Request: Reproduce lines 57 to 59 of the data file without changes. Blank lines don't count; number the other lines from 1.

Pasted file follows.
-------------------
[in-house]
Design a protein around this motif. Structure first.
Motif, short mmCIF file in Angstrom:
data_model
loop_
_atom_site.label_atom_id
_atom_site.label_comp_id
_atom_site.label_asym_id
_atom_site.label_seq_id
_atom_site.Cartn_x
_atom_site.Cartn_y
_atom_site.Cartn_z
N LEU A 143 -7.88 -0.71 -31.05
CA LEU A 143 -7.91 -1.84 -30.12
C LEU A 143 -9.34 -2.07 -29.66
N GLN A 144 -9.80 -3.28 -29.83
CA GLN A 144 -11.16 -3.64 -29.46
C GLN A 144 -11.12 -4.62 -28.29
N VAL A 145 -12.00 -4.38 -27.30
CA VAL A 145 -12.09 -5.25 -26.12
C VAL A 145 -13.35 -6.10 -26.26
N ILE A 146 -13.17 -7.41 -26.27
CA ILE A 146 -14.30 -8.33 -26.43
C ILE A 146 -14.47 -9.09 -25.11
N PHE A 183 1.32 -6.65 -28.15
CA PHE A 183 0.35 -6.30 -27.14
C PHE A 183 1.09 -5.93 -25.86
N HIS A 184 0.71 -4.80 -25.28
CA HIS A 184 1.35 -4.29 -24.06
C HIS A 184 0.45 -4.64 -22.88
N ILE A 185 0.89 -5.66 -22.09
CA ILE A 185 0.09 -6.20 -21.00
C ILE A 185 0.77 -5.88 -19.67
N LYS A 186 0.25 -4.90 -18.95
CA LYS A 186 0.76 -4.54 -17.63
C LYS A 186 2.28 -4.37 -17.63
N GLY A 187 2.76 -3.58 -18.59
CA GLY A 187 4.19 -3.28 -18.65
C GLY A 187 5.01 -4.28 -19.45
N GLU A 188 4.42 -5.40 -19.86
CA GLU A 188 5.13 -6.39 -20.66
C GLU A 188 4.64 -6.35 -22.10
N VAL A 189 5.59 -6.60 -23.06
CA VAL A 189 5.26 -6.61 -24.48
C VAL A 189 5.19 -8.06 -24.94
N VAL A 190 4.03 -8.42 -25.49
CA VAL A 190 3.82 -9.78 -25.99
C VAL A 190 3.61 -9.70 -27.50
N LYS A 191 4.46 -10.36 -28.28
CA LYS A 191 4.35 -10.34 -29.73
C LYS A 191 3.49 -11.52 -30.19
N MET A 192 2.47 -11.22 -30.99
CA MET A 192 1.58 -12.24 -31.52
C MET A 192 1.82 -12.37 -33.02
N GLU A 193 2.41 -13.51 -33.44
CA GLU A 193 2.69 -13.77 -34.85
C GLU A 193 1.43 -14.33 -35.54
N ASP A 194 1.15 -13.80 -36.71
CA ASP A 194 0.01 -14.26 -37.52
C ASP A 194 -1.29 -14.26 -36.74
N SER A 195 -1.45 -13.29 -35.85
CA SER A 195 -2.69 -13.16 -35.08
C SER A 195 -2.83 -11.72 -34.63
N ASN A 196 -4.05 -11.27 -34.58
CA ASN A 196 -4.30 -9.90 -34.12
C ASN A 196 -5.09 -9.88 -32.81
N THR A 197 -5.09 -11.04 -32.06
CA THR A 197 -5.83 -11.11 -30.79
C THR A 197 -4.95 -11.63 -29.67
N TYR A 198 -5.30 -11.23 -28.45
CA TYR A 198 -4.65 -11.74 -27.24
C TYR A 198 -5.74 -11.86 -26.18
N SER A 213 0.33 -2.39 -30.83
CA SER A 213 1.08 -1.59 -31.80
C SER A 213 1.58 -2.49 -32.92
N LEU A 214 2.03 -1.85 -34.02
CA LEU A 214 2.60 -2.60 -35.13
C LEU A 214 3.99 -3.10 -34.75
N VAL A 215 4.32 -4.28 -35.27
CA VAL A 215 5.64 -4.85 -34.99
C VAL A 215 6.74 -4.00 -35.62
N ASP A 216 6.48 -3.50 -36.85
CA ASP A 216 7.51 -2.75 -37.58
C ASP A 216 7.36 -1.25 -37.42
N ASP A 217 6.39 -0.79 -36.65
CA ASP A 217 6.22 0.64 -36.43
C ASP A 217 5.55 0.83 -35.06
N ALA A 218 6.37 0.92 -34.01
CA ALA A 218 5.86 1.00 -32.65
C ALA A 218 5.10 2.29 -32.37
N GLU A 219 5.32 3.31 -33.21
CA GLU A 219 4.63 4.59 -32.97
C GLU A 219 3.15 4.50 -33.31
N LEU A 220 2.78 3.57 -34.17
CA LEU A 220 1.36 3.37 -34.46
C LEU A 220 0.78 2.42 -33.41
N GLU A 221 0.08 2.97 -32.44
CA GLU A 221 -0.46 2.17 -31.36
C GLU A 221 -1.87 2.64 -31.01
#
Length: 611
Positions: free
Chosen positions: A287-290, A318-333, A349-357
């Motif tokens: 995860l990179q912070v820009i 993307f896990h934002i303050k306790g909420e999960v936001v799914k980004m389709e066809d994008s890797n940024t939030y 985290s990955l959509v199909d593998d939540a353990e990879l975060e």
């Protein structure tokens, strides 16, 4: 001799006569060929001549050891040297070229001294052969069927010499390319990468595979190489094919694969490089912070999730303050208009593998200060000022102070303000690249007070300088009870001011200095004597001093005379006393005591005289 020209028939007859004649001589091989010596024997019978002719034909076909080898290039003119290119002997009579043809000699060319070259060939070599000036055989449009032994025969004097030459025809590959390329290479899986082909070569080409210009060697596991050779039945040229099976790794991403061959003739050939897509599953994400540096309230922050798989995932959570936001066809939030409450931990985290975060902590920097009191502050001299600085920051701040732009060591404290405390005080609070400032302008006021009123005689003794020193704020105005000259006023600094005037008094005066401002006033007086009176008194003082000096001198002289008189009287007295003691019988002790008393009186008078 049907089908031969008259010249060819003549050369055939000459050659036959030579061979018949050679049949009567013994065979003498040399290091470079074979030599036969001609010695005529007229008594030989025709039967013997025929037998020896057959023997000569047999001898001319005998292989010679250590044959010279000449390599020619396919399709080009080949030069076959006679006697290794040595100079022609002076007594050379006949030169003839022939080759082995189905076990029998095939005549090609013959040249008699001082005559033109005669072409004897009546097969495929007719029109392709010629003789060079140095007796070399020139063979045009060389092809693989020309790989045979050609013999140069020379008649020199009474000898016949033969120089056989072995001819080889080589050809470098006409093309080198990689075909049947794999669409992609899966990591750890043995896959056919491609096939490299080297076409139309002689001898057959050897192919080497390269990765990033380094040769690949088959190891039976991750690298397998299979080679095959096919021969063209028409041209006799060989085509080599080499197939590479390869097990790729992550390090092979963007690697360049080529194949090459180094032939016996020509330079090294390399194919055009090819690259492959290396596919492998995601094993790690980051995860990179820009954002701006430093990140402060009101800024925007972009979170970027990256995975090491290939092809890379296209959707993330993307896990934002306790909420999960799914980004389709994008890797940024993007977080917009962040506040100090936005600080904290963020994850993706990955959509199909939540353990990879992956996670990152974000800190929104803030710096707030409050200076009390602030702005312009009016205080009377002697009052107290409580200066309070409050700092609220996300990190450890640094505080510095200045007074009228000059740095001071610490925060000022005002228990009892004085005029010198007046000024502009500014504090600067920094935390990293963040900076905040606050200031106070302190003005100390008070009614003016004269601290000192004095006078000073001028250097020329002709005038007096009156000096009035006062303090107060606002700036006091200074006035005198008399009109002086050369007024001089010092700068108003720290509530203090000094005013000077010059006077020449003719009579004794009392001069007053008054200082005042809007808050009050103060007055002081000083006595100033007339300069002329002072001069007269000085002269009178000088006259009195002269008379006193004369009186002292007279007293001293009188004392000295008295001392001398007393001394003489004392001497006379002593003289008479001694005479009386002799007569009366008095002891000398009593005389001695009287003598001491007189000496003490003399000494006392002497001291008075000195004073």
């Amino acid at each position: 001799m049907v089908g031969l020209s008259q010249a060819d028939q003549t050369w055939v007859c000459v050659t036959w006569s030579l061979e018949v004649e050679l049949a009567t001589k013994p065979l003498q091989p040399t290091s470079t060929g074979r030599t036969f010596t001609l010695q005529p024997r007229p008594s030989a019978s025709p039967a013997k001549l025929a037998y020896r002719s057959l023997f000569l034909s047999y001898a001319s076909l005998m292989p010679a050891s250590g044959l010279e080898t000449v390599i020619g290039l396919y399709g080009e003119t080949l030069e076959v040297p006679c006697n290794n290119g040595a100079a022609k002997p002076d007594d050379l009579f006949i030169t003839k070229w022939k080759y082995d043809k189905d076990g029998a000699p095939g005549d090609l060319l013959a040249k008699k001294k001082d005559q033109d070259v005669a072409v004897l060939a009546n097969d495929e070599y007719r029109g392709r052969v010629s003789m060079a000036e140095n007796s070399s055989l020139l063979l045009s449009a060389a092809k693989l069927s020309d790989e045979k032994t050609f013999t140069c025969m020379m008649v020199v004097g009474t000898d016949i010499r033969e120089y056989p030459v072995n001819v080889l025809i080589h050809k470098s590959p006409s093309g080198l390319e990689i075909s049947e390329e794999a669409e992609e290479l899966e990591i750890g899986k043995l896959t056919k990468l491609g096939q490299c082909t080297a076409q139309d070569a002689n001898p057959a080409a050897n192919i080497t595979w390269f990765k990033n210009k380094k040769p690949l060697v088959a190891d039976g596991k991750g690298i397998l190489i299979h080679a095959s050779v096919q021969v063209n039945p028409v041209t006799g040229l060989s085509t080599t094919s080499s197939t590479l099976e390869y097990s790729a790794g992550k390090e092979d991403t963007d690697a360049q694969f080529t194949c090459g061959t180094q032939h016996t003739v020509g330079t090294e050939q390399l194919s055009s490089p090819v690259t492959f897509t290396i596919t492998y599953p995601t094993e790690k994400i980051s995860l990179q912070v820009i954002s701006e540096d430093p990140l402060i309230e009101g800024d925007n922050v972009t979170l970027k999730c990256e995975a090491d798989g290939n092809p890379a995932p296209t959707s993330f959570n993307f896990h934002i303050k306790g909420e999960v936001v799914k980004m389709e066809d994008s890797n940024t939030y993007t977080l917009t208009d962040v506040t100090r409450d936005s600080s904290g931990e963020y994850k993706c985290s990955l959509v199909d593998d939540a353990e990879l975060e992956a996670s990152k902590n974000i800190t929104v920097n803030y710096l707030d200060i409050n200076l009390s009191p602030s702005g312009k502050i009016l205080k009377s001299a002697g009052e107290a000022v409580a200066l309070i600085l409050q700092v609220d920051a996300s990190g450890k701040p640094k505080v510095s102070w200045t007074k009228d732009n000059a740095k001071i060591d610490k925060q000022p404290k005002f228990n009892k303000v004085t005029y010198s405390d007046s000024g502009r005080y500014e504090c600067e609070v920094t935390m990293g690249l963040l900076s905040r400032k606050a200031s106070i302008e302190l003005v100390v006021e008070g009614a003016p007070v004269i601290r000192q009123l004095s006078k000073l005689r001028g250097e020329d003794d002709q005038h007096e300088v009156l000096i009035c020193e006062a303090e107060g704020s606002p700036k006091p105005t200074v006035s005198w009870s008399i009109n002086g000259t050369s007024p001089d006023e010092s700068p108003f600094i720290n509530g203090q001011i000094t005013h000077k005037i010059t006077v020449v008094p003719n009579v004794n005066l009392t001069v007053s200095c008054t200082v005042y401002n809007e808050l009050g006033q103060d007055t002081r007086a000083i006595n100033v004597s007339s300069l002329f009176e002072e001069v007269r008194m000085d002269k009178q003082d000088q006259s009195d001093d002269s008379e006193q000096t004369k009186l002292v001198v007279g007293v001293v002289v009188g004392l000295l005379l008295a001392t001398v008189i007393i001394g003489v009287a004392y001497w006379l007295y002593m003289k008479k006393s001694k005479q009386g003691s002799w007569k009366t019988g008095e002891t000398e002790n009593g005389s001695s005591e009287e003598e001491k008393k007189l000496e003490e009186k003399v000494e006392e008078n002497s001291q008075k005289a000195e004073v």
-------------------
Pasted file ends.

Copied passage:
C GLU A 193 1.43 -14.33 -35.54
N ASP A 194 1.15 -13.80 -36.71
CA ASP A 194 0.01 -14.26 -37.52